Tuesday, November 23, 2010

Financial Antique

I am sick to the teeth of British banks. Not that American ones are much better, but at least from US banks you can expect some semblance of modern business practices.

Let's have a look at my bank, shall we? Let's call them, oh, I dunno, DouchEast. DouchEast says they close at 5 on weekdays, but that actually means they lock the door and clear the place out by 4:15, a good two hours before most of their customers leave work. Cheque deposits, done by machine or in person, take 8-11 business days to become available to you, despite their ability to be processed instantaneously. DouchEast can rarely do anything for you in-shop--most things you request must be mailed to you, and will arrive in 7-10 days. Even if they're just documents that could be easily and securely printed off in office.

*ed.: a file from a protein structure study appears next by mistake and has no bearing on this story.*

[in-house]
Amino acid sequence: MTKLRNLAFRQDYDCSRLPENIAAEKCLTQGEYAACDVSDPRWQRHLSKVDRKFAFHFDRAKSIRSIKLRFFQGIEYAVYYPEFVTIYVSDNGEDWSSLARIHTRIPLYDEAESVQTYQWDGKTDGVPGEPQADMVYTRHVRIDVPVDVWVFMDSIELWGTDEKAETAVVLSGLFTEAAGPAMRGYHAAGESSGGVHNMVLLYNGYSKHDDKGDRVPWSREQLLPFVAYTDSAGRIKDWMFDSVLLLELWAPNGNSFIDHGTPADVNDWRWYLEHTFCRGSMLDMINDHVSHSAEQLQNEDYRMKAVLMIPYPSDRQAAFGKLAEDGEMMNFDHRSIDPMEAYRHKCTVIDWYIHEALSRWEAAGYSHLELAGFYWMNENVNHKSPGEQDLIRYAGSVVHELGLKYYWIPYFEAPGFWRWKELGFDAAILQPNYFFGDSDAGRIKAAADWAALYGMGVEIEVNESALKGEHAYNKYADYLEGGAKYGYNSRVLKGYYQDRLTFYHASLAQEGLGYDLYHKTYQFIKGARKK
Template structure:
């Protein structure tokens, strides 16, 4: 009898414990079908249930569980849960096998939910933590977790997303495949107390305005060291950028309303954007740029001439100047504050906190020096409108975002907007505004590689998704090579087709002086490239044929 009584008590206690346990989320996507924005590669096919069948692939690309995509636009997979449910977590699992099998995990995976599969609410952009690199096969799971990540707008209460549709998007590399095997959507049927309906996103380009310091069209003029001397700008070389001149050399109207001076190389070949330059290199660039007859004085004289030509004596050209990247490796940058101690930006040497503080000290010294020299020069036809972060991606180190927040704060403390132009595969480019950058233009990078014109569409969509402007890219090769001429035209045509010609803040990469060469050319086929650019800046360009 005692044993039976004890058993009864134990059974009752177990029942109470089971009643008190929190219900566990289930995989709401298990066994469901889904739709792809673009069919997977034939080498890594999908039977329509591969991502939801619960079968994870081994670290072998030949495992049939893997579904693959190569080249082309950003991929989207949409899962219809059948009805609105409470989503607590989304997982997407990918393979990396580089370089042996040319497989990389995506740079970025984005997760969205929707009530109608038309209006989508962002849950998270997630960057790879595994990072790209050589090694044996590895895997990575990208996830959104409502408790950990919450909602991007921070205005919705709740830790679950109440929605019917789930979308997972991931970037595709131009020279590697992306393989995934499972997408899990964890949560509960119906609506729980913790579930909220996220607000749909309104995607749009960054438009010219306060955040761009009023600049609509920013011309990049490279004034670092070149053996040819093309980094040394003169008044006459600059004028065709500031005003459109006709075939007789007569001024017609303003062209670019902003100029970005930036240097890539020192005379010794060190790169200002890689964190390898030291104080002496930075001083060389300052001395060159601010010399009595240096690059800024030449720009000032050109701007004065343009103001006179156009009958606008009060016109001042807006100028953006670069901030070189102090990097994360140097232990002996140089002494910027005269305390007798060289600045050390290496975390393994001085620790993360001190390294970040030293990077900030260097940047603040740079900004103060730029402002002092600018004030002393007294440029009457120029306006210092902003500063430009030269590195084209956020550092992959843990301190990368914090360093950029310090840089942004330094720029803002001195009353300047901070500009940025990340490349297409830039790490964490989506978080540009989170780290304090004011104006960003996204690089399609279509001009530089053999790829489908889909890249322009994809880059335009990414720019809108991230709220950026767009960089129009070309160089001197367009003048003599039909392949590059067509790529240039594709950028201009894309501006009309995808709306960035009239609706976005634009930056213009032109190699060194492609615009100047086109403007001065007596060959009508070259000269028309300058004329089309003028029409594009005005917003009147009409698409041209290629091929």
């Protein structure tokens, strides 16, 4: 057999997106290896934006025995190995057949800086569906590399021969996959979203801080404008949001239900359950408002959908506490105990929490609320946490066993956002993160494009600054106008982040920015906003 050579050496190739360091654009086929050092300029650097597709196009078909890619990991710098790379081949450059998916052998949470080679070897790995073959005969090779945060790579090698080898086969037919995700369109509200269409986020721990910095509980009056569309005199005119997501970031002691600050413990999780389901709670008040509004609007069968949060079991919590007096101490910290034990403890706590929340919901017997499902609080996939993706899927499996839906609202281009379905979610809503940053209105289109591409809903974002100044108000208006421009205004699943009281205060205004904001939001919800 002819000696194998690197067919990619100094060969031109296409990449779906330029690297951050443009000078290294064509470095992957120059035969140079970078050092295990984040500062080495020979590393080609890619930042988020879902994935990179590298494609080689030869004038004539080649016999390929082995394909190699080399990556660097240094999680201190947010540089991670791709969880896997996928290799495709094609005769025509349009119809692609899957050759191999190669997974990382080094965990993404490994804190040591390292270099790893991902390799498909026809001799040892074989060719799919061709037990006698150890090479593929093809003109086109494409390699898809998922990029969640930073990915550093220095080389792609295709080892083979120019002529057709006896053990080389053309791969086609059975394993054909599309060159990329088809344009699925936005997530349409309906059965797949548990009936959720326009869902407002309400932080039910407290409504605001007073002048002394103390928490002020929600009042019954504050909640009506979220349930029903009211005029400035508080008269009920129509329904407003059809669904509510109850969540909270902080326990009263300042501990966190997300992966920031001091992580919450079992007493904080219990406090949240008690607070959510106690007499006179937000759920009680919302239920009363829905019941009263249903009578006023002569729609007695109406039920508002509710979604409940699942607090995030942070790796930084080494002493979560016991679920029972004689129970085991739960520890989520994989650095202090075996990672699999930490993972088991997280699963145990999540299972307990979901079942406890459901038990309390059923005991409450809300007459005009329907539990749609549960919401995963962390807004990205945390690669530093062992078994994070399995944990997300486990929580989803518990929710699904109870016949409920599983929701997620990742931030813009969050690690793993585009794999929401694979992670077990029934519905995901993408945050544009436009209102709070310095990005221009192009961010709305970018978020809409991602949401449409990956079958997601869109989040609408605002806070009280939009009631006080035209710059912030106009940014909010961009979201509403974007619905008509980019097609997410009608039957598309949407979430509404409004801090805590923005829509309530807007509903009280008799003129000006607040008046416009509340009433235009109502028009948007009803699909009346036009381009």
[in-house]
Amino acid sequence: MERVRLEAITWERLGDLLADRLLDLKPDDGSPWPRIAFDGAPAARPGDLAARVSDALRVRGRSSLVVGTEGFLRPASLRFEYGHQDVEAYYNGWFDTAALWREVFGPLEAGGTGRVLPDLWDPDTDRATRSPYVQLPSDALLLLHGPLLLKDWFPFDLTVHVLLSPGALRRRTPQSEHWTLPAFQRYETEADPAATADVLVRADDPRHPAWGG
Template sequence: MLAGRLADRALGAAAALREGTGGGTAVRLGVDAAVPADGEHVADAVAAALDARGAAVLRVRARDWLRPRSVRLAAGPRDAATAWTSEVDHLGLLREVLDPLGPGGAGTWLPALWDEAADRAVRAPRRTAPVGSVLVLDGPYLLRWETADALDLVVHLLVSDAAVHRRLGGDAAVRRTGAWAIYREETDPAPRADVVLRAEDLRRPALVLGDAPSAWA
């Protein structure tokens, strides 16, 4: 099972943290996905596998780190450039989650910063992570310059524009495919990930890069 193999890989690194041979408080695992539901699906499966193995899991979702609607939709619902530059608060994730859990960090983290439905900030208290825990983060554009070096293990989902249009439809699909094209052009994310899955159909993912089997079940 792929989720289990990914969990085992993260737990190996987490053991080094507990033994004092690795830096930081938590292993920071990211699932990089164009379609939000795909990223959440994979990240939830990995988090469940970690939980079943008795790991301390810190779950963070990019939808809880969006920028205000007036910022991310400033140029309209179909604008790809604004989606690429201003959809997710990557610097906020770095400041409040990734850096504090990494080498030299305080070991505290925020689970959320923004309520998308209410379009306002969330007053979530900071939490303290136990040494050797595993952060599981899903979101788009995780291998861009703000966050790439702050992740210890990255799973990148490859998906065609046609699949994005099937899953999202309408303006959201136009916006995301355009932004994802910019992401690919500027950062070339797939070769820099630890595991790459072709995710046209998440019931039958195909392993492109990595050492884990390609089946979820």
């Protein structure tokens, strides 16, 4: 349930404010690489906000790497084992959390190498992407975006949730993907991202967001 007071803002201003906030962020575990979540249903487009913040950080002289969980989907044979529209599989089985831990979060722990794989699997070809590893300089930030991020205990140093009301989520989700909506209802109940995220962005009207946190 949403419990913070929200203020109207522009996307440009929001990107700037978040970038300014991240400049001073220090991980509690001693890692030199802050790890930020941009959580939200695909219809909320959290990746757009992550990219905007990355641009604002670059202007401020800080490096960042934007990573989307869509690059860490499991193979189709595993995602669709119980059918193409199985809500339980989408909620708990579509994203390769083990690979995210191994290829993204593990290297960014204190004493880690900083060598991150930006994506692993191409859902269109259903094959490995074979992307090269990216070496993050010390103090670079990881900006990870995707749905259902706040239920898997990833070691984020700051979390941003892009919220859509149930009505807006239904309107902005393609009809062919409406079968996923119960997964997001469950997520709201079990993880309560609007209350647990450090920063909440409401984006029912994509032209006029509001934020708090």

DouchEast's business practices involve a great deal of pressure--both on the employees and the customers. Employees are expected to maintain a quota of account openings per week, regardless of what their customers come in there for or the number of people in the country who need to open bank accounts. They are pushed to use every tactic available to them--up to and including flat lies--to lock customers into the ugliest, most expensive accounts and credit cards they have. When modern, skeptical customers shake off this pressure, employees are reprimanded for not meeting goals, and may eventually be fired for not being good enough salespeople. Likewise, employees are required, for PR purposes, to use their unpaid time to volunteer in the community in some capacity. Rather than be at work, where the community needs them most.